It is important to read carefully- This story is more complicated than it appears at first glance in the press. Knowing the structure of water management in Florida helps explain what our water managers are faced with. Did you know that the South Florida Water Management District operates and maintains the regional water management system known as the Central and Southern Florida Project? This primary system of canals and natural waterways connects to community drainage districts and hundreds of smaller neighborhood systems to effectively manage floodwaters during heavy rain. As a result of this interconnected drainage system, flood control in South Florida is a shared responsibility between the District, county and city governments, local drainage districts, homeowners associations and residents.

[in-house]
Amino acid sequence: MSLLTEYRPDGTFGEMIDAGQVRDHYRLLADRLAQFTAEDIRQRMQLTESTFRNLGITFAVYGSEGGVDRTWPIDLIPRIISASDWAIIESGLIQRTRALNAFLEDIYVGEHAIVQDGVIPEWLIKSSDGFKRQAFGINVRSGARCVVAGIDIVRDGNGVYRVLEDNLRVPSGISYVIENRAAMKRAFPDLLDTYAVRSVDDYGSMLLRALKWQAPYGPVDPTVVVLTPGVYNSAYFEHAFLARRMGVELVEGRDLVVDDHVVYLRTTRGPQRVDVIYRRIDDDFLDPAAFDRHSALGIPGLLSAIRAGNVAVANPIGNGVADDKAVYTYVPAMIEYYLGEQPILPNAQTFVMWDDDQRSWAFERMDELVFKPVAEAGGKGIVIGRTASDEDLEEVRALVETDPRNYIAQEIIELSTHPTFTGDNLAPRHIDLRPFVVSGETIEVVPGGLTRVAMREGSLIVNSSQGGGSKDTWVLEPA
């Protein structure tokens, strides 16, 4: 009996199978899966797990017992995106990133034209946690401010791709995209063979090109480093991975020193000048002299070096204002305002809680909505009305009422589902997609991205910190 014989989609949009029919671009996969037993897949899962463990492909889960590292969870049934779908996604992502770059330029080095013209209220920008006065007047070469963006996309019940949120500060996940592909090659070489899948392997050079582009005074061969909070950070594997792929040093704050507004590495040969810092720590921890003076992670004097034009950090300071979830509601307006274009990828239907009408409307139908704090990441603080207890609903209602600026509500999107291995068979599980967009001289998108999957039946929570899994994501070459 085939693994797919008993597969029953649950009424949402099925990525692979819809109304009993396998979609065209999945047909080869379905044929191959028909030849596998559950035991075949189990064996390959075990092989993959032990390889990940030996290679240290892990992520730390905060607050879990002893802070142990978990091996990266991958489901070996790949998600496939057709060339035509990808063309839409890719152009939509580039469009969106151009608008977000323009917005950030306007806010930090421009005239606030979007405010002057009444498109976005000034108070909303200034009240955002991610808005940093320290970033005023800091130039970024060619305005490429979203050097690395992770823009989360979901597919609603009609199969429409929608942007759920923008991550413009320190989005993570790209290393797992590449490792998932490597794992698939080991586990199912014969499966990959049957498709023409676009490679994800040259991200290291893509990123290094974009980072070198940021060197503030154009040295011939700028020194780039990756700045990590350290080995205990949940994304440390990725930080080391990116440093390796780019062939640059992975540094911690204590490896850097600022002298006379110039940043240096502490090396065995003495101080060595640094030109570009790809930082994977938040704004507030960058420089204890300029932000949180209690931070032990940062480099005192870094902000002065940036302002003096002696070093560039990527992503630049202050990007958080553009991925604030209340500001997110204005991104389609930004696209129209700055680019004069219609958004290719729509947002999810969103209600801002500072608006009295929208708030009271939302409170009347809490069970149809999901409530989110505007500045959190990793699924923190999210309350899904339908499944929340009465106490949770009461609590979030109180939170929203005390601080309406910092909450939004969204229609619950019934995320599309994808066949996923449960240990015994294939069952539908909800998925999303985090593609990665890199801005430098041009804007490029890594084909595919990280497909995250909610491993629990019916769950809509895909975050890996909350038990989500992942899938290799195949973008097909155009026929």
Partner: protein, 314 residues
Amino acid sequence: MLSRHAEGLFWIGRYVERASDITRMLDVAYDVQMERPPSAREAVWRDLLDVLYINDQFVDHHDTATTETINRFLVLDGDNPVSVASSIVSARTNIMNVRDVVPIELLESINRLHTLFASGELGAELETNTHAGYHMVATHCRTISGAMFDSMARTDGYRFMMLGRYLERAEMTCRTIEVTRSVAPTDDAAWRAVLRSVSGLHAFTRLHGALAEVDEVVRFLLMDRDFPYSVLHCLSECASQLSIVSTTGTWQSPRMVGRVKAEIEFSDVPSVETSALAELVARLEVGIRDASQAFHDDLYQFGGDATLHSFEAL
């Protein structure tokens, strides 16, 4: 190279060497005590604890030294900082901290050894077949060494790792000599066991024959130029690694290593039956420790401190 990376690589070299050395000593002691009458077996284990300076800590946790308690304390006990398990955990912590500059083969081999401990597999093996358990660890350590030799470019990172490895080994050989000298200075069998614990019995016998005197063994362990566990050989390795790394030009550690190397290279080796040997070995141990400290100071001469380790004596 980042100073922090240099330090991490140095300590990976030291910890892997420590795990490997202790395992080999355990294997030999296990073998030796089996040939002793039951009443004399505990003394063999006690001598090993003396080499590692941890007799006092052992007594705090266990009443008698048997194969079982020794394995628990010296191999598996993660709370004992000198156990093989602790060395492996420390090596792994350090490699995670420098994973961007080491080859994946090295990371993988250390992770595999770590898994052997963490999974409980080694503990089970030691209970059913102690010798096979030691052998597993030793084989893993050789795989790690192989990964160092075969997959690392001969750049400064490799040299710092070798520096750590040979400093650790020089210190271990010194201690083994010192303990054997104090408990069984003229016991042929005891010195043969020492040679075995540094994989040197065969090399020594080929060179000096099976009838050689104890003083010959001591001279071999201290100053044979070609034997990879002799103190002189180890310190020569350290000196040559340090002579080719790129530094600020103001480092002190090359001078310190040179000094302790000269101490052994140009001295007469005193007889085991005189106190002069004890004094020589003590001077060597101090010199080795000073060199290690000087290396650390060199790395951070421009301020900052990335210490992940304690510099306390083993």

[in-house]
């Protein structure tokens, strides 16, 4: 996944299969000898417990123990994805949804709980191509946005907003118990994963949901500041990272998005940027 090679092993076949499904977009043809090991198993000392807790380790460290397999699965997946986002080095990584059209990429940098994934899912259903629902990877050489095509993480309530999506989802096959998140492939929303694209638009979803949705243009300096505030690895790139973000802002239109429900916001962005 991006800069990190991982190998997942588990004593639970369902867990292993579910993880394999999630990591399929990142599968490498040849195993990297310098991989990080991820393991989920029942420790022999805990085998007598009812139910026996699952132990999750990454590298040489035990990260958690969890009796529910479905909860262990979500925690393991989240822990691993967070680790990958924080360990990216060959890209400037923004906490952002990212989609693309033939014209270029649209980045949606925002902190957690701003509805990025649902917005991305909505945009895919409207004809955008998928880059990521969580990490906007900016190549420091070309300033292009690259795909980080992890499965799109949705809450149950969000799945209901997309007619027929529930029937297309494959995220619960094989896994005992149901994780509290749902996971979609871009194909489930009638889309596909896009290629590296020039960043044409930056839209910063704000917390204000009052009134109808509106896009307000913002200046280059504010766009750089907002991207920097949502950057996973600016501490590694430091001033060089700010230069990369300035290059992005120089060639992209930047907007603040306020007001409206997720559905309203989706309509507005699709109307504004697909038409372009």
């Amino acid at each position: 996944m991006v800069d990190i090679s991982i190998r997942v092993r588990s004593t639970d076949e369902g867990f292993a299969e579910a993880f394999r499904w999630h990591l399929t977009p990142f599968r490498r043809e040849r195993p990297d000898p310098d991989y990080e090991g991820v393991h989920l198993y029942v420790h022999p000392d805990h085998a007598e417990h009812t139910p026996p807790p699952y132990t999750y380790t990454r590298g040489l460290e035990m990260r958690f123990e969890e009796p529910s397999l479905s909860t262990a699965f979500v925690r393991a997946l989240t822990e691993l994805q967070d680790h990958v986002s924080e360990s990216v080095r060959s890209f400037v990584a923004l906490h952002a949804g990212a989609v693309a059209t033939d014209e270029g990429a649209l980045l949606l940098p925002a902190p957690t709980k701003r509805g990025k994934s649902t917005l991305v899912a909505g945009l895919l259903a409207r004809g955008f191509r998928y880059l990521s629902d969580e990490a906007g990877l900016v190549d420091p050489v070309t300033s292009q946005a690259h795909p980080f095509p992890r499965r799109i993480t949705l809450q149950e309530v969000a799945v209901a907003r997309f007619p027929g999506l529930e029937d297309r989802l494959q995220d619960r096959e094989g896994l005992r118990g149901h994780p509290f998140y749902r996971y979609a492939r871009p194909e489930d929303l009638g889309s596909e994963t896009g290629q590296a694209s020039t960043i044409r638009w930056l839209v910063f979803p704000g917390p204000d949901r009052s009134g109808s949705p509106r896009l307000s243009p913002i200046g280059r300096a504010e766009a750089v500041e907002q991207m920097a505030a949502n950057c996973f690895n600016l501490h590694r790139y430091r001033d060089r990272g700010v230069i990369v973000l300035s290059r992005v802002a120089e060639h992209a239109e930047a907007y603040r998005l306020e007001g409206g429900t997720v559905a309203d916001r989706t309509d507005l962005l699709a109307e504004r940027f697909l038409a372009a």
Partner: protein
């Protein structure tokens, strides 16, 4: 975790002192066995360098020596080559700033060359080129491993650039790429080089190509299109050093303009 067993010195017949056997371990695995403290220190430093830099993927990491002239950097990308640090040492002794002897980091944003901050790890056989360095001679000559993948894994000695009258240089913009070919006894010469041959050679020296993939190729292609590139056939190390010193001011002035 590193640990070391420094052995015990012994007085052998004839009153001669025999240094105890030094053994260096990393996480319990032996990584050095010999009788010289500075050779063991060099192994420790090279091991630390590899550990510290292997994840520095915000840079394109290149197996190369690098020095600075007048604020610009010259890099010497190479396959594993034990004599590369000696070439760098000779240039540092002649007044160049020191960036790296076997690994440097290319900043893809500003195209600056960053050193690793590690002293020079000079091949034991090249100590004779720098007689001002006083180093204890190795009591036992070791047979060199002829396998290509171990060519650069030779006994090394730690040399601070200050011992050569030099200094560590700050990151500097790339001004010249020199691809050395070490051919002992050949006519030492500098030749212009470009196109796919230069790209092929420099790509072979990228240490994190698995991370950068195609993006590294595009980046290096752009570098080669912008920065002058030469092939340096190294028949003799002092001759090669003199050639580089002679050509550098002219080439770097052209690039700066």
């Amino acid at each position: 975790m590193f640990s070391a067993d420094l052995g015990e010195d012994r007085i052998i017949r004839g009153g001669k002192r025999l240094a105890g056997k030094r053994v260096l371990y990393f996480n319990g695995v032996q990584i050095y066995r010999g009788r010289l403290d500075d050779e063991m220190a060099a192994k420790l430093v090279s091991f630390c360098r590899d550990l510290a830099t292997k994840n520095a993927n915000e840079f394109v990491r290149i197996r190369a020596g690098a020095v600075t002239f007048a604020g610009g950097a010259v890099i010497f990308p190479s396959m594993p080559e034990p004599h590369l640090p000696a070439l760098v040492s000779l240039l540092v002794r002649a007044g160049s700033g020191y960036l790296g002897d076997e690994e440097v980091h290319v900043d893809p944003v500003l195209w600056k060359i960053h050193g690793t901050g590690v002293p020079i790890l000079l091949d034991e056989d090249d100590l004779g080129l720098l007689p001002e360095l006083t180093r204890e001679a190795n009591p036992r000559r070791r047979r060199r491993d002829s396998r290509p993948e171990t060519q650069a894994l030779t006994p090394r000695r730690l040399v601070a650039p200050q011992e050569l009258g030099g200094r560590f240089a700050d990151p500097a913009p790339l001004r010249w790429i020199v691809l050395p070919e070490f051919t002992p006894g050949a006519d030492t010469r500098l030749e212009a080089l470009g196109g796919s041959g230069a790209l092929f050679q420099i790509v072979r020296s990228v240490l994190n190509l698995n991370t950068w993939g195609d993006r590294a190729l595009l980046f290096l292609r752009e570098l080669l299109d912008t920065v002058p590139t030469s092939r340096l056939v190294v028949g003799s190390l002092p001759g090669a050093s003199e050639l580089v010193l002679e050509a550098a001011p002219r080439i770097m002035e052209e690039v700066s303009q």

At the heart of the greater Everglades ecosystem, Lake Okeechobee historically overflowed its banks, sending a sheet flow of water south through the Everglades. Today, the 730-square-mile lake is part of a massive flood control system known as the Central & Southern Florida Project, which stretches from just south of Orlando to Florida Bay and serves 8.1 million people. The U.S. Army Corps of Engineers manages Lake Okeechobee water levels with the goal of balancing flood control, public safety, navigation, water supply and ecological health. The Corps bases operational decisions - whether to retain or release water in the massive lake - on its regulation schedule and the best available science and data provided by its staff and a variety of partners, including the South Florida Water Management District.